Head to Head: Colin is against Differentiated Evaluation

Recently, professors and post-secondary institutions have come under a significant amount of scrutiny, especially surrounding assessment and teaching quality. Many have argued that the current model of assessment is insufficient in the modern day and have offered a variety of ways to address this “issue”. One of the solutions that has been proposed is differentiated evaluation.

Differentiated evaluation is essentially the practice that allows a variety of assessment methods within a class. It has also been associated with the ability to allow students to choose between assessment options that best suit their learning style and needs. It is hard to argue against the variety of assessments within a course (as no student should only be graded on multiple choice tests). The biggest issue of differentiated evaluation lies in the ability of students to choose different assessment options .

Providing students with a variety of assessment methods for one single assignment is simply unfair. Admittedly this opinion is rooted in reasoning rather than research, but it is inequitable to have someone in class doing a different style of assignment for the same weight. In discussions around this topic at the most recent OUSA General Assembly, an example supporting differentiated evaluation was given: that as opposed to just writing a paper, a student who prefers a creative method could put that paper online through a blog or by designing their own website. The argument was made that this would still translate the same thoughts and viewpoints, but it would also allow the student in question to demonstrate their creative side. The issue surrounding this example, and the idea of differentiated evaluation as a whole, is that this does lead to the chance of inconsistency in the marking. While it can be argued that the content will be evaluated in the same way, it is hard to say that a regular paper printed in size 12 Times New Roman font will be assessed the same as if that paper was put onto a website with a creative background and the potential of having different tabs for the different sections. I would personally find the creative aspect more visually appealing, and that would probably be reflected in my marking. Comparing a standard paper to having the same content on a website is just one example, however it is examples like that that lead me to be opposed differentiated evaluation. I understand that the learning outcomes are the same, and the professor is looking for the same type of content, however it is of my opinion that all assessment for the same portion of the course should be equal across the board, unless you require certain accommodations.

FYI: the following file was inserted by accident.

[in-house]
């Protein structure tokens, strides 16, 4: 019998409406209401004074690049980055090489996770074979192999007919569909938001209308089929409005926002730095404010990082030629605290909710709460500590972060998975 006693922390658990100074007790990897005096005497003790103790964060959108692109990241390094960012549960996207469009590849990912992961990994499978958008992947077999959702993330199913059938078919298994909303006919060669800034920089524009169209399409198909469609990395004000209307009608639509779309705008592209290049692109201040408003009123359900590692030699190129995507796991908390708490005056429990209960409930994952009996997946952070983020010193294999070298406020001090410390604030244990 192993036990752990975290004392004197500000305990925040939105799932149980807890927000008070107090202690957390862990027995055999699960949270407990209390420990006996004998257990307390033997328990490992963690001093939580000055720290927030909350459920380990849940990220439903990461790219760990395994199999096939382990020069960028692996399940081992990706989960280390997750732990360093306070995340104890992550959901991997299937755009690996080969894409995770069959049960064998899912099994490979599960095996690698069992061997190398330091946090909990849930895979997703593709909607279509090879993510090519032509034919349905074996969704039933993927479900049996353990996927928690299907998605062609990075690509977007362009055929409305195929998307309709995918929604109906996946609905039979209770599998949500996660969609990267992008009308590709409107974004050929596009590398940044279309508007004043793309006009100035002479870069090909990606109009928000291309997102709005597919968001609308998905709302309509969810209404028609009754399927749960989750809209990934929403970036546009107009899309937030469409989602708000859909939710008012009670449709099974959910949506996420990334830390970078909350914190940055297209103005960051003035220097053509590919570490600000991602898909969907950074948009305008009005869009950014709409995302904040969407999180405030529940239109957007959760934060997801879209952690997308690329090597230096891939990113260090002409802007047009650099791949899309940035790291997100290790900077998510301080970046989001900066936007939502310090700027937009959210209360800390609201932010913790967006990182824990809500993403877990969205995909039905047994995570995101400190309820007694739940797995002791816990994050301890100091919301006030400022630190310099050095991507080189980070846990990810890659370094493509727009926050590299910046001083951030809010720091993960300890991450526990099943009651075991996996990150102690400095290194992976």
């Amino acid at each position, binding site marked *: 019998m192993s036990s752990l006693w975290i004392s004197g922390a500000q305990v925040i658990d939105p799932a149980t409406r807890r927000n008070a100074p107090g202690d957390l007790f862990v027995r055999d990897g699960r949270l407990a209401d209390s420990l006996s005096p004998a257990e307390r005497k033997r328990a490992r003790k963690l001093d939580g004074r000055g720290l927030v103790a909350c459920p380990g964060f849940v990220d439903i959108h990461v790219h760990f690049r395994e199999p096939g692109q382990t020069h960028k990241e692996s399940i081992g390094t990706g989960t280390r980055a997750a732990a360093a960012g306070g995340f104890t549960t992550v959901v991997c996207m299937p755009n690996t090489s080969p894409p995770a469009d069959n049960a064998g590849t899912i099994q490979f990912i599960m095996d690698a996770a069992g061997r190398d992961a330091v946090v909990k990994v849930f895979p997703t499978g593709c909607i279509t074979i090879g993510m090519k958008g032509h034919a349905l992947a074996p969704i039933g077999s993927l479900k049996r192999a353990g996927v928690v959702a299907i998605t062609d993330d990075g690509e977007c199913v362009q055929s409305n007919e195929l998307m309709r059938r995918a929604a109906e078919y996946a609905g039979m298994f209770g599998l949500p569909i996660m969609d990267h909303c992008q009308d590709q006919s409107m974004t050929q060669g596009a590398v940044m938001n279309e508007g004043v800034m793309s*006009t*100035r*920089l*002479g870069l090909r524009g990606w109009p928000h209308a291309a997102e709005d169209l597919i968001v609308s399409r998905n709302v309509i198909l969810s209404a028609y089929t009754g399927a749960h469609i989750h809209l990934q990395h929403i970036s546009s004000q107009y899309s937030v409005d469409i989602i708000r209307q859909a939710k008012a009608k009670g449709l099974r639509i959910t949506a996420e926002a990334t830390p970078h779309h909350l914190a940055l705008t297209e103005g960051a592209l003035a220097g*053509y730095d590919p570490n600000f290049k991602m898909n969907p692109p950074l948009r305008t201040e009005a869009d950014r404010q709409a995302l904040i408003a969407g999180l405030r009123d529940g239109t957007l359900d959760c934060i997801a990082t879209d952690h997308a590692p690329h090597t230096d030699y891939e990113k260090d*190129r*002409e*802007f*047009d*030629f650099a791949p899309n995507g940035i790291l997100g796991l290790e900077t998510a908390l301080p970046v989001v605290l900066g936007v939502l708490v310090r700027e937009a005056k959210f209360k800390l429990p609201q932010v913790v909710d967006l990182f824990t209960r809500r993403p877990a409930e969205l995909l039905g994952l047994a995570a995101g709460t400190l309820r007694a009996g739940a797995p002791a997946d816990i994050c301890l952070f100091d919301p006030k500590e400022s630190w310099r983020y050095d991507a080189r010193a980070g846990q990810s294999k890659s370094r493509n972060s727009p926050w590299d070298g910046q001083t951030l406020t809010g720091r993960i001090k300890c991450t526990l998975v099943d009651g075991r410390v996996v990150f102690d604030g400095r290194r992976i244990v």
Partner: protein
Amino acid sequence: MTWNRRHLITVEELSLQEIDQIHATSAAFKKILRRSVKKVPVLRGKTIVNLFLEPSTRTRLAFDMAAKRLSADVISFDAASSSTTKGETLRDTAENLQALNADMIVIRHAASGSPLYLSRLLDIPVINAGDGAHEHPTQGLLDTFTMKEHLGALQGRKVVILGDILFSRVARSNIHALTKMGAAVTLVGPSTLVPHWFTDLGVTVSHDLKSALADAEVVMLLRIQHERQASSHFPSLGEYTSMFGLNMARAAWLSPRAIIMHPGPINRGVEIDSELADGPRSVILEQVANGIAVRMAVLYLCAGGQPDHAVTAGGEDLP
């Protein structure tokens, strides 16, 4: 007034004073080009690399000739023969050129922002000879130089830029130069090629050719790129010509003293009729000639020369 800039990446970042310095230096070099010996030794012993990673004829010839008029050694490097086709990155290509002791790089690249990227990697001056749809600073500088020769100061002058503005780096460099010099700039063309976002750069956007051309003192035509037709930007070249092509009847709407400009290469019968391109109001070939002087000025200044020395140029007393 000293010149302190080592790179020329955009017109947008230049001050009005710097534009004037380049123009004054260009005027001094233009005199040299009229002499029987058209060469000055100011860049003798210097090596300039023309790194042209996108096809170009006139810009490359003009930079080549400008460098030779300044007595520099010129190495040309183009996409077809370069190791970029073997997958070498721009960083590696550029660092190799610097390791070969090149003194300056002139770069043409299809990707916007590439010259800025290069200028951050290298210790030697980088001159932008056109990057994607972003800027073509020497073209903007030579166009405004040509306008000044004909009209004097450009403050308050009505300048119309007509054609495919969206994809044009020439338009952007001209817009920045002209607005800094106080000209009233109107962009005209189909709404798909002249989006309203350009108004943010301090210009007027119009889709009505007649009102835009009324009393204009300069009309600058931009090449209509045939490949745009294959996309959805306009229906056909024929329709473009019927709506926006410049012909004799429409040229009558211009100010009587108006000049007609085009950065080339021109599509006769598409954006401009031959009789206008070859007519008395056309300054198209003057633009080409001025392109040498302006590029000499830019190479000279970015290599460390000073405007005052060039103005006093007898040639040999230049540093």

It is also my opinion that by providing differentiated assessments similar to that mentioned above does not prepare the average student for everyday life. For instance, let’s use my current job as Chair of the Board & Chief Governance Officer for the Wilfrid Laurier University Students’ Union. Currently, I am doing a governance review across Ontario to compare and contrast different governance models. I have been asked to deliver a written report to a subcommittee based on the findings, so we can assess and decide whether our governance model is effective for our style of an organization. The committee is looking for a written format, similar to that of an essay. Using our previous example, if I were to present the report to the committee in the form of a website, they would most likely look at me and point out (accurately) that wasn’t what they asked for. In the working world, an employer will most likely ask you to do something in one way, be that a memo or crafting a memorandum of understanding, and you will have to do it that way.

The previous example can also be tied to the weakening of the value of that institution’s education. By accommodating students through various methods of assessment, the instructor allows the students to play to their own strengths. Don’t get me wrong, I would love to take courses where I don’t have to write tests; however, by allowing students to always play to their own strengths and not learn how to adapt and overcome certain difficulties, the instructor could risk the possibility of grade inflation, as well as having their students be woefully insufficient in other key skill areas. These two issues could lead to employers potentially seeing graduates from that institution as less valuable. Again, this is a hypothetical scenario, but the risk of this outcome occurring does exist when professors are always allowing students to choose a method of assessment that is easiest for them. If anything, it just removes opportunity for learning from the student, as they aren’t given the chance to learn how to improve their skills in situations that they aren’t as strong at.

The majority of research on these topics has been on implementing differentiated assessments in institutions. It is understood the viewpoint that students should be provided with a variety of assessment options, and this is not about opposing instructors offering various assessments throughout the course of the semester. Each portion of the course relating to a student’s grade should be the same for all students, unless they require accommodations due to accessible learning needs or other issues that arise.